Researcher seeks photos and information on Island soldiers buried in Dutch cemetery
© Submitted photo
Mike Muntain is the lead researcher in a project aiming to collect photographs and biographical information on all 1,355 Canadian soldiers who rest at the Holten Canadian War Cemetery in the Netherlands.
Mike Muntain wants to put faces and stories to the hundreds of Canadian soldiers, including 15 P.E.I. war dead, buried in the Holten Canadian War Cemetery in the Netherlands.
Muntain, a piper with The Princess of Wales Own Regiment, is the lead researcher in a major undertaking dubbed A Face For Every Name.
Muntain hopes to collect as many photos and as much information as possible on the 1,355 Canadians killed in the Second World War that are resting in the Holten cemetery. The ultimate goal is to place a soldier’s photo with his biography at each grave site.
Canadian assistance with the Dutch-initiated project was spurred after Muntain saw the “1,400 candles in 2010’’ video (http://youtu.be/kQr9Z8Dnxyo), which shows how Holten, with a population of 10,000, has 15,000 people attend a Christmas Eve ceremony each year to pay tribute to fallen Canadian soldiers.
Muntain approached Kingston’s mayor to recognize this effort, and the city sent to each Holten school child a Canadian flag and Kingston lapel pin in a program that will be carried on by a different Canadian city each year.
After this, Gerry VanHolt, chairman of the Welcome Back Veterans Committee, contacted Muntain and told him about A Face for Every Name project, and the attempts being made to collect pictures and biographical information on Canadian soldiers who rest at the Holten cemetery.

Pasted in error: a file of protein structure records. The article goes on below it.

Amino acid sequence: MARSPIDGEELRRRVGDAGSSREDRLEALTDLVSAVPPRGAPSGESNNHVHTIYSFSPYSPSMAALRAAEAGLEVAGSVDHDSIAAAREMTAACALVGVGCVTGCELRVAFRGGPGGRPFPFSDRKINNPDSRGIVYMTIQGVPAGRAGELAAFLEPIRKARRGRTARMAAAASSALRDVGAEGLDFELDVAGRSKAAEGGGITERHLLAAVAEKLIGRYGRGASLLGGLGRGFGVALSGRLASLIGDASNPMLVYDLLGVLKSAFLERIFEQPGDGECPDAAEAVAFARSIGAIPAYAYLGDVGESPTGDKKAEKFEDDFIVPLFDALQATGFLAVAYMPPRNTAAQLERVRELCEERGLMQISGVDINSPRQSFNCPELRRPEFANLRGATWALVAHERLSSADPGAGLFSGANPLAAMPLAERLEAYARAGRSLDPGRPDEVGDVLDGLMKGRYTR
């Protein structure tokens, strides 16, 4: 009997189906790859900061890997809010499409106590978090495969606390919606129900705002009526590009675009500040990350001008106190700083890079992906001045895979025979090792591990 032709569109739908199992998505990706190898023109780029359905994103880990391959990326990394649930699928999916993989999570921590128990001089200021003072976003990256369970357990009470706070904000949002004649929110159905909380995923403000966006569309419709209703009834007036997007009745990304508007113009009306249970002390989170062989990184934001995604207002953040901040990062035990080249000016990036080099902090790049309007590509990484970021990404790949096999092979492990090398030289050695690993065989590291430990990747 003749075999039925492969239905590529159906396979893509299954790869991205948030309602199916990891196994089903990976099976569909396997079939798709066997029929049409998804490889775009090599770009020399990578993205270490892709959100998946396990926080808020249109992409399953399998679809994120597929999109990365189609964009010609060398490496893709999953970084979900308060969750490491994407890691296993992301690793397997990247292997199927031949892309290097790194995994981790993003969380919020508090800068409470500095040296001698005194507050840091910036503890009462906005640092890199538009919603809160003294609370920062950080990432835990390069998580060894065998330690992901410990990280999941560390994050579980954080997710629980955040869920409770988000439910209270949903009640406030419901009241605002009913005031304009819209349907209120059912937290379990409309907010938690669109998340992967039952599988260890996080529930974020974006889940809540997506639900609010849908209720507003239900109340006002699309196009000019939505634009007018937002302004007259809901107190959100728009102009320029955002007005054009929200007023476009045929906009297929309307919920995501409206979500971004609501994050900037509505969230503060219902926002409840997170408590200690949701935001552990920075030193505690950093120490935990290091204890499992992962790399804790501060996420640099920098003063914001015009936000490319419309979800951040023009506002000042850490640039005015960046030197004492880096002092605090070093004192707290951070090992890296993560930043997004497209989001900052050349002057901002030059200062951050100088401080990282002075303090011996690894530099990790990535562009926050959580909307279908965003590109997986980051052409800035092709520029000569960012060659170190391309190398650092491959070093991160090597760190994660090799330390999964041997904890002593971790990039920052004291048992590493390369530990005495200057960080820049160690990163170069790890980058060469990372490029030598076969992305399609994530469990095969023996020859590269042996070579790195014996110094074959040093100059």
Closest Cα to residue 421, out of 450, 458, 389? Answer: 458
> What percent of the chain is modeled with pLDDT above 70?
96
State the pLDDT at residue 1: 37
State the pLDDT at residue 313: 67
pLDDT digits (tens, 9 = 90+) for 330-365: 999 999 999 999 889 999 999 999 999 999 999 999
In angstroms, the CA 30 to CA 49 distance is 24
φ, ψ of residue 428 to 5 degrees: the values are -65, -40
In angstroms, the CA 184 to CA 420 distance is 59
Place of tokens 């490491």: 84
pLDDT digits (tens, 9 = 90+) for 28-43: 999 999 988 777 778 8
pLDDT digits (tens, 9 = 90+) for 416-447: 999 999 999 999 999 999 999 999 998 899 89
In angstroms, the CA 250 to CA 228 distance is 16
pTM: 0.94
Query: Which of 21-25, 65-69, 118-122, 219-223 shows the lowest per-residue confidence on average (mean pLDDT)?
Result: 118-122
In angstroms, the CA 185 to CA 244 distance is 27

Muntain notes the Dutch, due to the language barrier, had managed to only get about 300 names despite earnest efforts.
So Muntain and comrade Peter Gower have begun reaching out, province by province, to find information on all 1,355 soldiers. Muntain says he has been hearing very moving stories and even receiving intimate documents like love letters a soldier wrote to his wife.
“That is what is really resonating through this project is how much these men are still missed,’’ he said. “This is still an emotional thing for the families.’’
The Netherlands fell to the Germans in May 1940 and was not re-entered by Allied forces until September 1944. The great majority of those buried in Holten Canadian War Cemetery died during the last stages of the war in Holland, during the advance of the Canadian 2nd Corps into northern Germany, and across the Ems in April and the first days of May 1945.
After the end of the hostilities their remains were brought together into this cemetery.
“The Dutch people are tireless in their efforts to honour our war dead, and take on this responsibility (A Face For Every Name project) as a duty not a hobby,’’ says Muntain.